While Apple chief Tim Cook touts the brand's App Store as an economic miracle, Fortnite-maker Epic Games says developers suffer under its tyranny.
The online shop -- the only way software apps can get onto iPhones or other Apple mobile devices -- is at the heart of a trial opening Monday in a federal court across the bay from San Francisco.
'An app for that'
Apple opened its App Store in July 2008, a year after the release of the first iPhone.
The shop, stocked with mobile apps tailored for devices powered by iOS mobile software, was quickly imitated by rival smartphone makers.
It ignited an entire economy where developers big or small could make money with "an app for that," from games or social networking to summoning car rides or ordering food.
Apps are only allowed onto Apple mobile devices through the App Store, which requires them to abide by rules for privacy and security.
The App Store -- the lone gateway onto the more than one billion iPhones in use around the world -- has grown to include more than 1.8 million apps.
Hundreds of billions of dollars in transactions take place at the App Store each year in what Apple chief Cook has called an "economic miracle."
Apple takes a commission of as much as 30 percent of financial transactions at the App Store, where most apps can be downloaded for free.
In January, Apple reduced its commission to 15 percent for newcomers and developers making less than a million dollars annually.
Apple had already cut its 30 percent commission in half in the case of paid subscriptions after the first year.
Some services such as music-streamer Spotify have tried to coax aspiring subscribers to avoid using the App Store. While popular services such as Netflix can rely on people doing business at their own websites, small developers lack that kind of draw.
Amazon was a rare exception, negotiating a special deal at the App Store for subscriptions to its Prime streaming television service.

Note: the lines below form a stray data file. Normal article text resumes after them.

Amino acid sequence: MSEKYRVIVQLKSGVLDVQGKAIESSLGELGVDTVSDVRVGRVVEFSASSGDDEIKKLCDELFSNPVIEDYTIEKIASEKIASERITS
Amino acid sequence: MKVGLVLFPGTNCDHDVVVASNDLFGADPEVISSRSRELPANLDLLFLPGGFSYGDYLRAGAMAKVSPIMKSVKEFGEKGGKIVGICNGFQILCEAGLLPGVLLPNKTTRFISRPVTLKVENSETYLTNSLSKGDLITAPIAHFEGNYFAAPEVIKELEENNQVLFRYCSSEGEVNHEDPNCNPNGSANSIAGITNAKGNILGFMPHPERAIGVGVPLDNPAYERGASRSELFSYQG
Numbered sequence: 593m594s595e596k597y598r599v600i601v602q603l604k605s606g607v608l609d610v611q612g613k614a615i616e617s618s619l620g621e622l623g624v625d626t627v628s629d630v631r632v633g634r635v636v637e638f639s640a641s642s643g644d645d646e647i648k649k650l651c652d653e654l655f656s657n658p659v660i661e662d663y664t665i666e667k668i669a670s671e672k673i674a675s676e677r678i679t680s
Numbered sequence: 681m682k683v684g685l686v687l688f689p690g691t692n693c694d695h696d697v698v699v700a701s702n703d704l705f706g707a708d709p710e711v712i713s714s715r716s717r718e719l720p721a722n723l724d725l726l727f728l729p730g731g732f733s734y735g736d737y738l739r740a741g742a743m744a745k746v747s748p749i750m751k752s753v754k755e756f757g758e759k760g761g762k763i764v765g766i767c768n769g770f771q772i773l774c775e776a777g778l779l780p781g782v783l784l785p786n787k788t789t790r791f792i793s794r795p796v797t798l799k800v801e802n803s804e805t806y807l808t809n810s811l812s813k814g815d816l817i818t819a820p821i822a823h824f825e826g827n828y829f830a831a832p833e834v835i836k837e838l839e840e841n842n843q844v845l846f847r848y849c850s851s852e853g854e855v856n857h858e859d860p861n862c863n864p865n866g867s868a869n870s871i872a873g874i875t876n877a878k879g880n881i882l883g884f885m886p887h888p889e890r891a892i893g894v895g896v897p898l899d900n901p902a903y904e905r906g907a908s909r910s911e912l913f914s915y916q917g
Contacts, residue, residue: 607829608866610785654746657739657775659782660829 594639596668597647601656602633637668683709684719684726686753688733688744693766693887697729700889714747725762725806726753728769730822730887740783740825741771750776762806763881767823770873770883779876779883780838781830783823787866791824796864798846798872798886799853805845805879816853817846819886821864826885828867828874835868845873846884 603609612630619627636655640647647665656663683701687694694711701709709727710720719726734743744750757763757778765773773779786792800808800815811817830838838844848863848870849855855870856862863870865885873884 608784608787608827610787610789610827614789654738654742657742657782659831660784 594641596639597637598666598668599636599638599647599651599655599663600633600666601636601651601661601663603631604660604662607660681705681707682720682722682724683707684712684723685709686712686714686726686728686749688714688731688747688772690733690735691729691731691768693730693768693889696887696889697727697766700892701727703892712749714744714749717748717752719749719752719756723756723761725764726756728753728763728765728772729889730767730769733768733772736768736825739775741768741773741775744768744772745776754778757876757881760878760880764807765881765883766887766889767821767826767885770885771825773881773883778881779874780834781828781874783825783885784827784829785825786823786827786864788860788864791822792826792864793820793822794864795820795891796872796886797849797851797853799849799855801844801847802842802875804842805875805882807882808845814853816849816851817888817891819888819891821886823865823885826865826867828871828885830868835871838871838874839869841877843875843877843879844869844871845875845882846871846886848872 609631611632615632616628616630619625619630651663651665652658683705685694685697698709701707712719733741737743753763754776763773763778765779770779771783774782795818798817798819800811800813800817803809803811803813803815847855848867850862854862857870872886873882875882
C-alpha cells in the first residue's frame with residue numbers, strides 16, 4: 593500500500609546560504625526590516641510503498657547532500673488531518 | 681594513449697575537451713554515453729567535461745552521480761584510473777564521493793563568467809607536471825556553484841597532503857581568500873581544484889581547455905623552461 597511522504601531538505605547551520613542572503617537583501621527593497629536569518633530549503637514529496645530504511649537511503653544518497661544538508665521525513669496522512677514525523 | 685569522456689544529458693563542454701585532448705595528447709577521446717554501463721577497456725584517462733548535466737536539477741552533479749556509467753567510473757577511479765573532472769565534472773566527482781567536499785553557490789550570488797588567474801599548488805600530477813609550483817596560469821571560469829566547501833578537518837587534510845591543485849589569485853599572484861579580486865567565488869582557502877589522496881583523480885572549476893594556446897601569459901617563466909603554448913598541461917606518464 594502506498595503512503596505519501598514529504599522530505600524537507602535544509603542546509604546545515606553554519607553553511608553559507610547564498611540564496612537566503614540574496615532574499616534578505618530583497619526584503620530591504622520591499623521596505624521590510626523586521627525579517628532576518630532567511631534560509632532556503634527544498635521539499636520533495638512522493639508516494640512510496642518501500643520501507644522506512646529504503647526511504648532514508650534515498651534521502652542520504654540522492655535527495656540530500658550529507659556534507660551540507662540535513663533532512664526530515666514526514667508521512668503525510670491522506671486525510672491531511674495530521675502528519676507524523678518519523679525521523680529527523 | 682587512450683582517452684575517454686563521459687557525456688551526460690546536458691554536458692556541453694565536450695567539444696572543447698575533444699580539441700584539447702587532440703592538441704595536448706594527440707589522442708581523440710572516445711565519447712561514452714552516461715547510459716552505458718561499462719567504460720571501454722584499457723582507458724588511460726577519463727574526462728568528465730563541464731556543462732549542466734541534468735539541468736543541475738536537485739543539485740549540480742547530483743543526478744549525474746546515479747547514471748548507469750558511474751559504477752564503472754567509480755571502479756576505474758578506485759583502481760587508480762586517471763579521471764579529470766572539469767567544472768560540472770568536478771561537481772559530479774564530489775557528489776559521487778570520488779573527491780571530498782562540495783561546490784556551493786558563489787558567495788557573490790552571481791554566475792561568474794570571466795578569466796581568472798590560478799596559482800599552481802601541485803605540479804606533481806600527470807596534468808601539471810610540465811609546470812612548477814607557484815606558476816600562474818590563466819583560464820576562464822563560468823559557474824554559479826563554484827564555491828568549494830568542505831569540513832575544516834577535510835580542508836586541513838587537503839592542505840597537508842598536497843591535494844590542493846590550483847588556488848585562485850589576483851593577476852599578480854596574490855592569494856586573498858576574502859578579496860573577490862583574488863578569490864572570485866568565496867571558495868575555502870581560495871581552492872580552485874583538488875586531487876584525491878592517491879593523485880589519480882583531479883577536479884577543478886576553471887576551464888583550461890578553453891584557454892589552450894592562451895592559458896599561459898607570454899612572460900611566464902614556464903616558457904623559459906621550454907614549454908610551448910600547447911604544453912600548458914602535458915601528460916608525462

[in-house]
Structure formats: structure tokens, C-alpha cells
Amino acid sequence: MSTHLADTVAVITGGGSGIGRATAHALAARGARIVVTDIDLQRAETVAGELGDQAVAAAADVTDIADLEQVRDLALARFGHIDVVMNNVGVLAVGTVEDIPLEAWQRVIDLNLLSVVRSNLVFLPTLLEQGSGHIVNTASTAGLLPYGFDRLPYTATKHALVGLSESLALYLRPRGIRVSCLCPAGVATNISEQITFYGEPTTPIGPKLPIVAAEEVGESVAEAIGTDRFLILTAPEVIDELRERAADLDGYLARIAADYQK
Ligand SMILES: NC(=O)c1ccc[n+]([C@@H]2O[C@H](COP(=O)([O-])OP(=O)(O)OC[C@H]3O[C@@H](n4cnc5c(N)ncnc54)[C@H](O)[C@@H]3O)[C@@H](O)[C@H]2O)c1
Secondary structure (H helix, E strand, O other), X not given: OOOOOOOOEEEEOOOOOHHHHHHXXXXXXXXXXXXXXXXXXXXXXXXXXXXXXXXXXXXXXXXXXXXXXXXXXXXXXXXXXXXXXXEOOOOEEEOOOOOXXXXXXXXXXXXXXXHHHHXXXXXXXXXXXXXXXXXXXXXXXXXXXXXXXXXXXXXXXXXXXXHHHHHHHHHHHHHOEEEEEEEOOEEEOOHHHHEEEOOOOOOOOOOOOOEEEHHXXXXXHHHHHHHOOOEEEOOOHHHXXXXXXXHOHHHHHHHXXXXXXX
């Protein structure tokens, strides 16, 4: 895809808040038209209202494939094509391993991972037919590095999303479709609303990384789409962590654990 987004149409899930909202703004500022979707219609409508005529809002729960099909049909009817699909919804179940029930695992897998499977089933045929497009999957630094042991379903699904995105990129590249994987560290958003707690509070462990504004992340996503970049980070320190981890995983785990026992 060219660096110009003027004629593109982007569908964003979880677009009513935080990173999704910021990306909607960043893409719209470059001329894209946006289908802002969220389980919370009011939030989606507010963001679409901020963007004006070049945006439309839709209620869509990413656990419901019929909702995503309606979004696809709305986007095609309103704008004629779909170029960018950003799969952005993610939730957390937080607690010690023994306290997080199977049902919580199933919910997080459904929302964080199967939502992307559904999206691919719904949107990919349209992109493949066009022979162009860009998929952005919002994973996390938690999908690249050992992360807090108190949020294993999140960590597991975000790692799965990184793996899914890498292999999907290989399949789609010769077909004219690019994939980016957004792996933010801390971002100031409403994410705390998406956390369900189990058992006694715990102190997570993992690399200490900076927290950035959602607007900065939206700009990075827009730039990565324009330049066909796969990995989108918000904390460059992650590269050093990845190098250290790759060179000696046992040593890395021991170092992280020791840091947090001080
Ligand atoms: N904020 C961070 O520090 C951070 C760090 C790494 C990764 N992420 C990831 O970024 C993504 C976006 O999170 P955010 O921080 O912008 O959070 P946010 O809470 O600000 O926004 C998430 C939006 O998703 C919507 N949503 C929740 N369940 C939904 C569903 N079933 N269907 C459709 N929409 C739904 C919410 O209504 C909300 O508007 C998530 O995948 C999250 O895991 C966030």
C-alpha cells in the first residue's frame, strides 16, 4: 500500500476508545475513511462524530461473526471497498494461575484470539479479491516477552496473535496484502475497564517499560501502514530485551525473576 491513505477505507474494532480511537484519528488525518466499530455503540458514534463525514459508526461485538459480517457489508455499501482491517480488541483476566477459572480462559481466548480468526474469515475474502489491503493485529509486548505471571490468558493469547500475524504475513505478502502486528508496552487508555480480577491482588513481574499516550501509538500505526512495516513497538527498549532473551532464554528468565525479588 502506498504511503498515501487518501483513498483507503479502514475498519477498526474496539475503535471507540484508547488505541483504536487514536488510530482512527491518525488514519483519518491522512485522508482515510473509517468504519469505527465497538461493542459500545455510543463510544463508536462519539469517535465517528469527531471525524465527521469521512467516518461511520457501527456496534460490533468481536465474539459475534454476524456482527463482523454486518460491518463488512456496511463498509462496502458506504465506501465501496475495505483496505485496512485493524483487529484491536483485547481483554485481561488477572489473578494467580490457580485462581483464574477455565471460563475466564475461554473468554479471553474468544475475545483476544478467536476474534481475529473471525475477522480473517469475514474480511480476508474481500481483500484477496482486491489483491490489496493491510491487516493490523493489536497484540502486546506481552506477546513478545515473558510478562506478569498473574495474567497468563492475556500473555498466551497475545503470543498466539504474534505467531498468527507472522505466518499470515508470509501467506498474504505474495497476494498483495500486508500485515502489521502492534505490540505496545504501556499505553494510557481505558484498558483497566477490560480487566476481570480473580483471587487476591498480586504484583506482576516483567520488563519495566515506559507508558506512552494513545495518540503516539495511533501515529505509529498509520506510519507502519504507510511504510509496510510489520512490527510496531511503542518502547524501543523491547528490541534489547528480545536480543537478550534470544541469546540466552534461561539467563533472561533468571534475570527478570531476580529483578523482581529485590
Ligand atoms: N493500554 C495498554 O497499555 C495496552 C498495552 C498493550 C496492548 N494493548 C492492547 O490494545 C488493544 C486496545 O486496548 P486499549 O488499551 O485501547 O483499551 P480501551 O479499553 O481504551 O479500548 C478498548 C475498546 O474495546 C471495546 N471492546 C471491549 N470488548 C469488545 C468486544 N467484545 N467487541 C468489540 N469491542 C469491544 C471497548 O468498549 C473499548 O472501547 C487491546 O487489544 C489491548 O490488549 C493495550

Epic Games was booted from the App Store last year after it triggered an update in its Fortnite game that bypassed the Apple payment system that collects commissions.
Epic filed a lawsuit in US federal court against Apple, accusing the iPhone maker of monopolistic behavior due to its tight control of the App Store and collection of a "tax."
Apple countered that the commission reflects industry norms and amounts to fair compensation for providing a secure online shop that spans the world.
Epic and other app makers accuse Apple of tyrannically enforcing App Store rules to the Cupertino-based company's benefit.
Spotify has argued that Apple gives its own music service advantage in the shop.
On Friday, the European Union formally accused Apple of using the App Store to unfairly squeeze out music-streaming rivals in one of the biggest-ever competition cases to hit the iPhone maker.
The charge sheet lands as Apple faces a rebellion from firms that want to break free of its store's strict terms and fees, while authorities in the US, Russia, Britain and South Korea are also circling the world's biggest company.
Facebook is among the App Store critics, saying new rules, which block the tracking of users' online activity for ad targeting without express permission, is an abuse of its power.
Google runs an app shop for Android-powered mobile devices, and collects commissions, but it also lets device users get apps elsewhere.
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